Personality Disorders Evident Mary Shelley's Frankenstein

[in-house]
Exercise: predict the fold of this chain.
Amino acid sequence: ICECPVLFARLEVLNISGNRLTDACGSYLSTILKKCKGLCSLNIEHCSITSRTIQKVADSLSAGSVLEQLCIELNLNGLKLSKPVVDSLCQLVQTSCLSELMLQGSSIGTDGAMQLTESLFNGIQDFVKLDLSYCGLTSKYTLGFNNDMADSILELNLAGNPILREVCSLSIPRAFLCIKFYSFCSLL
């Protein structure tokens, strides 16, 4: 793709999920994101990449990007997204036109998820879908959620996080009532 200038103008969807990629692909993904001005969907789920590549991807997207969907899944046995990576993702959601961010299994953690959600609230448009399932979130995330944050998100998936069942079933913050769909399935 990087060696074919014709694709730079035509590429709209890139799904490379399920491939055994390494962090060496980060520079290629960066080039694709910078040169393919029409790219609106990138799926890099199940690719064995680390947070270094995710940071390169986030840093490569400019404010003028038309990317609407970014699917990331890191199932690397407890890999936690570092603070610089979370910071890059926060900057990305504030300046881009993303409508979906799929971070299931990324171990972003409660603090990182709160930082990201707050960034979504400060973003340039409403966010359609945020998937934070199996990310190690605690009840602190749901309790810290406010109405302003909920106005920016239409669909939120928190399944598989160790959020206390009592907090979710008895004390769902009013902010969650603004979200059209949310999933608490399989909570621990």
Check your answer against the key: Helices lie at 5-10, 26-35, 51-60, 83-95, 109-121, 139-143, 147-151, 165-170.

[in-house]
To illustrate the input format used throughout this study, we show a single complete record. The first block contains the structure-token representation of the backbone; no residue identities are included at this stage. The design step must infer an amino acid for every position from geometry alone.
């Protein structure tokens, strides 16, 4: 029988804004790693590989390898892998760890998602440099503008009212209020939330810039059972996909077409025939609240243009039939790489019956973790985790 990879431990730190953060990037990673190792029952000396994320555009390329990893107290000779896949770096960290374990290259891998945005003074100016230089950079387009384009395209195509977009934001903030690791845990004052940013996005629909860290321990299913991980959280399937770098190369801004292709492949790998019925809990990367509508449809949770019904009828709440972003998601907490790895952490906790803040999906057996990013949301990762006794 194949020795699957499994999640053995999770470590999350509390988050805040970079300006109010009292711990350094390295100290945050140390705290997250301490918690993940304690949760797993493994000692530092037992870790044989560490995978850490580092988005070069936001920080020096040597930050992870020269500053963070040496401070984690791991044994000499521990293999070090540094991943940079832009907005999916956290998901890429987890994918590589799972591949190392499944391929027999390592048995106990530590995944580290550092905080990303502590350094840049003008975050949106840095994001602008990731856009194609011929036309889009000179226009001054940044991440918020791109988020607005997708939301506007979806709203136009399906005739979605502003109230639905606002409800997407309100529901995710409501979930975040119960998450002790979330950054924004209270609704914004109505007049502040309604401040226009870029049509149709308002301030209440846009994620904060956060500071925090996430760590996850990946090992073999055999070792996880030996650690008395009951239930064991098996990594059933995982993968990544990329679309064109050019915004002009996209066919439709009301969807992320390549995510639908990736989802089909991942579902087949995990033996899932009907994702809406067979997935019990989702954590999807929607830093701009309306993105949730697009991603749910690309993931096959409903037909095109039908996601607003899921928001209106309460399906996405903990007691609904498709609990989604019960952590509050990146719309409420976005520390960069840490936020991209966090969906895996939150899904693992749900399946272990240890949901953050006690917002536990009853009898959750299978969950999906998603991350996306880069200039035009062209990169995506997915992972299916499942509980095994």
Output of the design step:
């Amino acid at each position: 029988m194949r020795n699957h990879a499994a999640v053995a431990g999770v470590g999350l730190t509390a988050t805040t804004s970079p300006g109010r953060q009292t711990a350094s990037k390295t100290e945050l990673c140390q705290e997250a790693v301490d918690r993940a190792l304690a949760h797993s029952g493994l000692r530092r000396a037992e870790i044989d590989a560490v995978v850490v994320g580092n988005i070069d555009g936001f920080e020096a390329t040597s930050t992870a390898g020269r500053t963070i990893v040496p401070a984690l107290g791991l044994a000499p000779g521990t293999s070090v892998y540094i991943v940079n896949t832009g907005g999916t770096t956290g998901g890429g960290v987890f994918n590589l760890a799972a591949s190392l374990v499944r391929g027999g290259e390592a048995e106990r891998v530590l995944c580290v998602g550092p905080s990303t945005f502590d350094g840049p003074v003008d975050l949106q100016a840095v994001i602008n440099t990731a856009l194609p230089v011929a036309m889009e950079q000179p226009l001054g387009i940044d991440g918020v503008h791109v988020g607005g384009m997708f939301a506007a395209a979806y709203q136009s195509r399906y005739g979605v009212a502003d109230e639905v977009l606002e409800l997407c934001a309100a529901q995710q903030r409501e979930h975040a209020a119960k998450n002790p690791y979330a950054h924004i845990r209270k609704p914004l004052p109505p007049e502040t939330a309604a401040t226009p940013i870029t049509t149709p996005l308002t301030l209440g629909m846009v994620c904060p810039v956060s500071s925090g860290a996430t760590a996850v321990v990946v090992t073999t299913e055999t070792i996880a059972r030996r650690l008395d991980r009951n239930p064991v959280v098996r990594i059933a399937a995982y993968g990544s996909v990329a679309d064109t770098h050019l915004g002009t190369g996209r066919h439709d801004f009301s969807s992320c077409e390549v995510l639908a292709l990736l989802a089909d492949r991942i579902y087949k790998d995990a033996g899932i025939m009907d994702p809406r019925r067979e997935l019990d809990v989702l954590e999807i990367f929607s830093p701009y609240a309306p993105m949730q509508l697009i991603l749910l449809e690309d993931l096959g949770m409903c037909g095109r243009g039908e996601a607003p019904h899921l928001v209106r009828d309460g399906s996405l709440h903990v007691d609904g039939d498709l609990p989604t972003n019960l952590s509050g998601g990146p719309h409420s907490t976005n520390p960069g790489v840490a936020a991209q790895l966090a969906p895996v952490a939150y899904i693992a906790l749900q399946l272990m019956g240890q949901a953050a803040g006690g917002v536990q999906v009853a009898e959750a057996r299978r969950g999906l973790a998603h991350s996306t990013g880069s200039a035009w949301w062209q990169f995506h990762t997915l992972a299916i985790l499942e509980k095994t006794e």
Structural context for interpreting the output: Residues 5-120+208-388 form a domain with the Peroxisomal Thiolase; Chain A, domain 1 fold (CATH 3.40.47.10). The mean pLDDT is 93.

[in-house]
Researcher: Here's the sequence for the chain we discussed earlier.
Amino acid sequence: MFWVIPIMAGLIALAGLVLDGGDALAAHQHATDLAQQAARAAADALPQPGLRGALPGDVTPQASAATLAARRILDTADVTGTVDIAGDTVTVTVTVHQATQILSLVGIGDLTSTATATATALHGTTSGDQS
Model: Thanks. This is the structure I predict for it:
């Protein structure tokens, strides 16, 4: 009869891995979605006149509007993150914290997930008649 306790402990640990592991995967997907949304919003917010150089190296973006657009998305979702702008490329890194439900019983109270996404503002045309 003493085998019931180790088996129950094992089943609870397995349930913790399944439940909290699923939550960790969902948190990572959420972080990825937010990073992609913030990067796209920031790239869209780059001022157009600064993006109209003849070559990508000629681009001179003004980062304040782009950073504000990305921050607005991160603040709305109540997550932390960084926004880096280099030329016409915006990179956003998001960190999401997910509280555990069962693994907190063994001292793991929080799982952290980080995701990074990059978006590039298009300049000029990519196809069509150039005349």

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An Analysis of the Personality Disorders Evident Mary Shelley 's Frankenstein Mary Shelley wrote her masterpiece, Frankenstein when she was 19 years old, at a time when the field of psychology was in its infancy. And yet, despite her age and sparse psychological knowledge, her famous tale shows a remarkable insight into the human psyche. Not solely in the case of the monster, who’s representation of humanity has long been remarked upon, but also in the novel 's assumed hero, Victor Frankenstein. For, when Victor is examined with a modern insight into the workings of the human brain, we find he is not a tragic hero but a man plagued by a troubled mind. In the years since Frankenstein’s release many readers of the famous narrative have come to regard Victor Frankenstein with little affection. They cite his selfish and reckless behavior, which frequently cause the misery which torments him. However, Victor’s self-centered nature, goes beyond simply a flaw of character, it is indicative of a deeper affliction, narcissistic personality disorder; or NPD. NDP is characterized by an over inflated sense of self, beyond what is developmentally appropriate. Classic symptoms of NDP “are grandiosity, a lack of empathy for other people, and a need for admiration. People with this condition are frequently described as arrogant, self-centered, manipulative, and demanding. They may also concentrate on grandiose fantasies (e.g. their own success, beauty, brilliance) and may be
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